The Bronx neighborhood where I grew up was mostly Italian with a smattering of older German couples. But across the bridge in Yonkers, where McLean and Katonah Avenues crossed, it was a magical place—thick with lilting Irish brogues, Celtic-themed bars and German/Irish bakeries. In our neighborhood the Catholic church was St. Anthony’s. In theirs, it was St. Barnabas. On our side of the bridge we had Italian delis, Italian bakeries, and Italian “social” clubs. But on their side of the bridge, they had Irish football, step-dancing classes and Irish soda bread.
I don’t want to give you the impression we lived with an “us” and “them” mentality. Oh no–on the contrary, “crossing the bridge” to shop, eat and visit friends was an everyday occurrence, and one of our regular stops was the bakery on Katonah Avenue. I don’t remember the name of it, because you never had to. It was “the bakery” on Katonah Avenue, and it’s where we all went to get non-Italian “buns”—or what you might call donuts and pastries. We’d go most mornings before my mom dropped me off at school—I’d get a muffin or a custard donut and mom would pick up a box of buns to take to my grandmother’s house for morning coffee. But the most wonderful time of the year at the Katonah bakery was Irish soda bread time.
Soda bread is NOT inherently Irish—there are Serbian, Polish, Austrian and Australian versions (and probably many more) because it’s simply a quick bread that uses baking soda rather than yeast to make the dough rise. It’s baked in a round pan, and a cross is usually marked in the top before baking, which some say is to protect those who eat it from evil spirits and some say is to kindly let the fairies out, but more likely is to help it bake more evenly and to act as a guide when cutting slices. (But I really like the fairy theory.)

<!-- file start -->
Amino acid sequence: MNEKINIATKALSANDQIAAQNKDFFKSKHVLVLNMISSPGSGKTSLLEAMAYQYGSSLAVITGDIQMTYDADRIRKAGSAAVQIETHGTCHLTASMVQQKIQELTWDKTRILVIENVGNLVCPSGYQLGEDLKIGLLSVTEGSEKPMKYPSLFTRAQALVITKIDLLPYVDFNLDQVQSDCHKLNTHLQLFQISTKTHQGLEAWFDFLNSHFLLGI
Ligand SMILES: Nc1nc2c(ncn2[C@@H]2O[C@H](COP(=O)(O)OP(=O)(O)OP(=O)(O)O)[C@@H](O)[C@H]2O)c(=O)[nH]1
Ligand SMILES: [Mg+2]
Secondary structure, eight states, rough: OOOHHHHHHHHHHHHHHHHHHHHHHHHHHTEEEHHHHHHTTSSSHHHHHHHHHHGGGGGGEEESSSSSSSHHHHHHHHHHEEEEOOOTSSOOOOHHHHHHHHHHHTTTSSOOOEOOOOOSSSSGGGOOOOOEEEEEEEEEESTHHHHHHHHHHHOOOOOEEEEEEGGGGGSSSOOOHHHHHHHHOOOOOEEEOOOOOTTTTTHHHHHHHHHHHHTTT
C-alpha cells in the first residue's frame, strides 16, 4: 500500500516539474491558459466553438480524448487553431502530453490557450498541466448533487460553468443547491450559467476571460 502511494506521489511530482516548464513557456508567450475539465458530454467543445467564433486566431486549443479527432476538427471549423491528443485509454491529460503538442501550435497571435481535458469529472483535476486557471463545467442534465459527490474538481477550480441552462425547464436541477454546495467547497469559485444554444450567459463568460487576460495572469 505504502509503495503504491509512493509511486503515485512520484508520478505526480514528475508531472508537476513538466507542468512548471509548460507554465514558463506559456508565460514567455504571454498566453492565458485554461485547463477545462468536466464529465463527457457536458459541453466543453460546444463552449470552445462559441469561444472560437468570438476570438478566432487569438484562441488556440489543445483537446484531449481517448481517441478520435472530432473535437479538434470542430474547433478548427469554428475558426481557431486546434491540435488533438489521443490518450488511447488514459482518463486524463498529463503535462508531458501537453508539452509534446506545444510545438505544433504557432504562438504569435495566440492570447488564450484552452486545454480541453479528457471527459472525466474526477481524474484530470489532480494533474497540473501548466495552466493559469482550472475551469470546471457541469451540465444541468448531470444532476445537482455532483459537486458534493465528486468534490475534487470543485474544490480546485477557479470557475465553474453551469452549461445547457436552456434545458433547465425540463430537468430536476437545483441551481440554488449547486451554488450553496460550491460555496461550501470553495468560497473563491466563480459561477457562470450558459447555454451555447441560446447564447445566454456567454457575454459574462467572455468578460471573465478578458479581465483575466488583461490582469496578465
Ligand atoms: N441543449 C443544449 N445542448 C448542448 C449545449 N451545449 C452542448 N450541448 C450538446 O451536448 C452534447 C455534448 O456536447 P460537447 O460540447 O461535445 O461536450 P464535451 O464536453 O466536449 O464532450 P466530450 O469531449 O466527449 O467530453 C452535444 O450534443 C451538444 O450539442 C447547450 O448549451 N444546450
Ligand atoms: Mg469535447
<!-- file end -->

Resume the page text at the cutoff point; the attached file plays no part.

Let’s face it—soda bread might as well be purebred Irish. We find it in stores aroundSaint Patrick’s Day and it’s usually labeled IRISH soda bread. Serbians, we apologize.
In my house we didn’t buy our soda bread in stores for long. My mom learned a friend’s recipe early on and she would always make a bunch of round loaves every year. The recipe itself evolved as new friends gave new input. Some used buttermilk, others sour cream; some included caraway sees, most did not. Some used regular old raisins and a few used sunny golden ones. Some washed the tops with egg whites and sprinkled with crystallized sugar. Some covered the whole top in powdered sugar. Just about all slathered on a thick spread of creamy Irish butter before biting into the scone-like cake when it was still warm from the oven.
I now have in my possession FIVE Irish Soda Bread recipes—one from Betty “in Woodlawn,” one from Mary Cahalan (she of the toddler-on-toilet-drying tradition for readers of another of my posts), one from Bernadette who my mom worked with once we moved to Carmel, New York, one from Teresa Murphy (who lived off McLean and Katonah and whose little boys Brendan and Donal my mother looked after while she worked), and one from Ceil Campbell, another former co-worker of my mom’s.
Some years I make several of the recipes and force co-workers into a taste-test situation. Other years I just pick one and go with it. It’s a hard choice because all five recipes are from sweet, wonderful women who I’ve known throughout my life and who I always identify with at this time of year when the soda breads are rising in the oven. Like so many foods, and so many recipes that come from someone’s own kitchen, the taste, the aroma, and even the act of mixing the ingredients, is a bit of a tribute to the people who made it before you. My soda bread will always be Irish, because it came from Betty and Ceil and Mary and Bernadette and Teresa.
I’ll share my recipe for soda bread with you, but I won’t tell you which of the five recipes I’ve given you. Take my word for it—they are all equally delicious and worth pulling out all year long, not just for St. Patrick’s Day.
Irish Ladies’ Soda Bread
3 cups flour
1/2 cup sugar
1 Tablespoon baking powder
1 teaspoon salt
1 teaspoon baking soda
2 Tablespoons melted butter
1-1/2 cups raisins
1-1/2 cups buttermilk
Sift together the dry ingredients. Gently stir in the butter, raisins and buttermilk.
Knead gently and place in a lightly greased and floured round 8-inch pan.
Bake at 350 degrees F for 55 minutes.